Economists are taking bets on whether or not Janet Yellen will be elevated to the number one spot in the Fed after current chairman Ben Bernanke calls it a day in January 2014.
While economists may not actually be taking wagers on Yellen, they are making it known in polling that she is the clear favorite for the position, with 65 percent odds, currently.
The role of central banker-in-chief isn’t exactly a job for the weak hearted, or those looking to make friends. Bernanke’s announcement about the potential end of quantitative easing prompted several prominent Fed members to air their opinions in public, and European central banker Mario Draghi seems to be at his wits end in getting the euro economy under control.
Yellen would step into a situation where markets are overwhelmingly making it known they want continued liquidity through the easing program, behaving like ‘feral hogs‘. Yet the need to make markets aware that QE is not indefinite is also profoundly needed, before they are ever able to wean themselves of the central life support. It’s not just U.S. markets either, much of the money made through QE ends up in Europe and in emerging markets, and while places like Greece and Spain are in dire need of investment, the beginning of ‘tapering’ will also be a harsh reality for those countries.
Still, some say there are none with more experience than Yellen.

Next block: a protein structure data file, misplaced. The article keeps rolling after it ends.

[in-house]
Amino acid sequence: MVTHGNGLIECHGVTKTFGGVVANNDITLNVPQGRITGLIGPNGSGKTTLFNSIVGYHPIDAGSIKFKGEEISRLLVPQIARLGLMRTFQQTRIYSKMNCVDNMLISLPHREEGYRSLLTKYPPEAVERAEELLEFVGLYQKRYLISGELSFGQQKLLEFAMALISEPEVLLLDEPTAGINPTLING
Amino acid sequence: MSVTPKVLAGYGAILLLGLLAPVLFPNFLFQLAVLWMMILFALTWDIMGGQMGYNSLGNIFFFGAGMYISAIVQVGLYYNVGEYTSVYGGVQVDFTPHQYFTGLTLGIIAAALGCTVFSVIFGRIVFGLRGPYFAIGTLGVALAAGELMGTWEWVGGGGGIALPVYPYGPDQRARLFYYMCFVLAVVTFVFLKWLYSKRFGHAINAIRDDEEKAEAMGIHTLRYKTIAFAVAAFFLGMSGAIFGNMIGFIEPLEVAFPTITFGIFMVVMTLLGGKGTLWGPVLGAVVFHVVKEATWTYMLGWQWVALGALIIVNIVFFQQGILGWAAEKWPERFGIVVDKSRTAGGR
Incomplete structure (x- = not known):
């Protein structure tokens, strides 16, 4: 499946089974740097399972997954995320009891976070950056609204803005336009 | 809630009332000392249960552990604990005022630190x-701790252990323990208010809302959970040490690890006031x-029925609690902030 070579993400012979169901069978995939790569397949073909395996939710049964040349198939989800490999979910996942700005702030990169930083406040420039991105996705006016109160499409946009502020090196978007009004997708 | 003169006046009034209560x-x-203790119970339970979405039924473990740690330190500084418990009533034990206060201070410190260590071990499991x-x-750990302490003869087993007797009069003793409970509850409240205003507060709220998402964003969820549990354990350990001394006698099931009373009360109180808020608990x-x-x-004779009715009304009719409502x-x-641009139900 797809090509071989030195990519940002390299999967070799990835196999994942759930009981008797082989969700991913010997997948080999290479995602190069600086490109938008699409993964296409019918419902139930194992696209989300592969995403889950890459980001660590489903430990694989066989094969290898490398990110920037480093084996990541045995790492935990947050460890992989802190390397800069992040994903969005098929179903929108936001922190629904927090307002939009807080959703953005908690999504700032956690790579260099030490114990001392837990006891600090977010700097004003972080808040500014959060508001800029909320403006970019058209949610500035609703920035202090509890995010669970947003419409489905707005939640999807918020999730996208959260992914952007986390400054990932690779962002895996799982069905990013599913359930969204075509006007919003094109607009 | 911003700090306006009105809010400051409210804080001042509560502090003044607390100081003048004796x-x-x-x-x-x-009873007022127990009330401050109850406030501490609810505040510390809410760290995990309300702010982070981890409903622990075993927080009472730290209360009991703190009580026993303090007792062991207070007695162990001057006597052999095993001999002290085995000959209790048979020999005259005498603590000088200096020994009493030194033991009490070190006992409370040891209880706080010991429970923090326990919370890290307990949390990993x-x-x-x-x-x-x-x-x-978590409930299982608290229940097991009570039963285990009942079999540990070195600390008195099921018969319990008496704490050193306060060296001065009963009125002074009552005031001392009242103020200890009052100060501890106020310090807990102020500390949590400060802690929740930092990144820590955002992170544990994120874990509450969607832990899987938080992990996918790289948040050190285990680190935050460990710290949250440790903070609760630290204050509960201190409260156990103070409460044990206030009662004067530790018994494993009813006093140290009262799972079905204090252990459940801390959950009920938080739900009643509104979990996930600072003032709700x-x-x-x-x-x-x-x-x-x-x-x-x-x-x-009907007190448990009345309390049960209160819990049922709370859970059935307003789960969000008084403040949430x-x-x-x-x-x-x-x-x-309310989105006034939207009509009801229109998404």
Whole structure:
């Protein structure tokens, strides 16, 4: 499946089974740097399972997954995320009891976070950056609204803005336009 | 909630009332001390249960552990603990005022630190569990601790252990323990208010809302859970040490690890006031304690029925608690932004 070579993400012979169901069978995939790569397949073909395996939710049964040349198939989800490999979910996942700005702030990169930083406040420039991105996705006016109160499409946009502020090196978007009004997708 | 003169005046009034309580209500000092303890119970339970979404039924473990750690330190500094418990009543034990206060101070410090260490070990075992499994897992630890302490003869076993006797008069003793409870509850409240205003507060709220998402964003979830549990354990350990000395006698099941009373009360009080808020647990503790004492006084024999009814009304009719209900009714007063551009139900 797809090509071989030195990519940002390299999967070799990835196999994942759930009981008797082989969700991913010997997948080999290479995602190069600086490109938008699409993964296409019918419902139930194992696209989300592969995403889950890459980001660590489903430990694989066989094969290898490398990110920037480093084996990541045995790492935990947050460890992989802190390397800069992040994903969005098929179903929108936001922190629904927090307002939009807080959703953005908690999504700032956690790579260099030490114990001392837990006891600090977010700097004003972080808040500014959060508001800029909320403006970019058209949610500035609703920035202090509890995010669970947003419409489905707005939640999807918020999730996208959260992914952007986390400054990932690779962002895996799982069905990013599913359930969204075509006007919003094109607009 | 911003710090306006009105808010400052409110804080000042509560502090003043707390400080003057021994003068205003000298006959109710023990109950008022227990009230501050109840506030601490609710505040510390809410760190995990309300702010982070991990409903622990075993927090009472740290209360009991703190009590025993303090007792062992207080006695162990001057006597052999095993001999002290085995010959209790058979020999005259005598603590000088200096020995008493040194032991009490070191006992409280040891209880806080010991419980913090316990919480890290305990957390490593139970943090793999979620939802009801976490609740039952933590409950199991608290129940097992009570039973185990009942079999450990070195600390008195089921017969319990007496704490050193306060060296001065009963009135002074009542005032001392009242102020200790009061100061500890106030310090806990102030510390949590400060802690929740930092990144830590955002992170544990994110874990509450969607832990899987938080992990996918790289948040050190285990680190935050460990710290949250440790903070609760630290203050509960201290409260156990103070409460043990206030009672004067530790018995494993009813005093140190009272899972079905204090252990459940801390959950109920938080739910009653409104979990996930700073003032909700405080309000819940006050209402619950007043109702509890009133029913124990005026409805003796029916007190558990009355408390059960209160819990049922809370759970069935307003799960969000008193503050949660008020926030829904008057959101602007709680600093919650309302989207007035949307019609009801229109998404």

J. Alfred Broaddus Jr., former Richmond Fed president, says, “Among people who have been vice chairman, I can’t think of any who have been more qualified than Janet. She’s got more experience in the Fed than maybe anybody else you could think of.”
However, certain historical odds are stacked against Yellen, should she want the position. No woman has ever headed the Federal Reserve, and more relevant than that, no vice chairman has ever assumed the helm after his boss retired. In fact, it turns out that it’s more a game of politics and preference rather than that kind of experience.
According to Allan Meltzer, a professor of political economy at Carnegie Mellon’s Tepper School of Business in Pittsburgh, it’s really just what the president finds most convenient. ”It’s often been the case that the members, including the vice chairman, are much less prominent than the Fed chairman. Presidents look for people who will be congenial to them, and the vice chairman might be somebody appointed by a previous administration,” Meltzer said.
For Yellen, then, that is one thing she has going for her: she was an Obama appointee. The President nominated her for the position in 2010.
At least one observer though, wonders how strongly their relationship weighs into her chances. Adam Posen, a former member of the Bank of England’s rate-setting Monetary Policy Committee, claims that relationship is dubious under these circumstances.
Speaking on a panel at a Bloomberg Washington Economic Summit in April, he said that, ”It’s not a question of qualifications. I’m sure President Obama has high regard for Vice Chair Yellen, but I don’t get the sense that they’re particularly close.”
Assuming Yellen does get the job then, what can the markets expect of her? For one, she has never dissented against a FOMC action under Bernanke, leading one to speculate a continuity of policy is likely. Perhaps then the only question, is whether or not she we read the economic indicators the same way Bernanke has when deciding to end QE, it is possible Yellen would maintain the program for longer, or end it sooner, depending on her perspective.
Her political convenince makes her a nice choice according to Dartmouth professor Danny Blanchflower. ”I think she’s highly capable and presumably would sail through confirmation,” he said. It’s possible Yellen will get her chance to step into the fray of leading a central bank after all.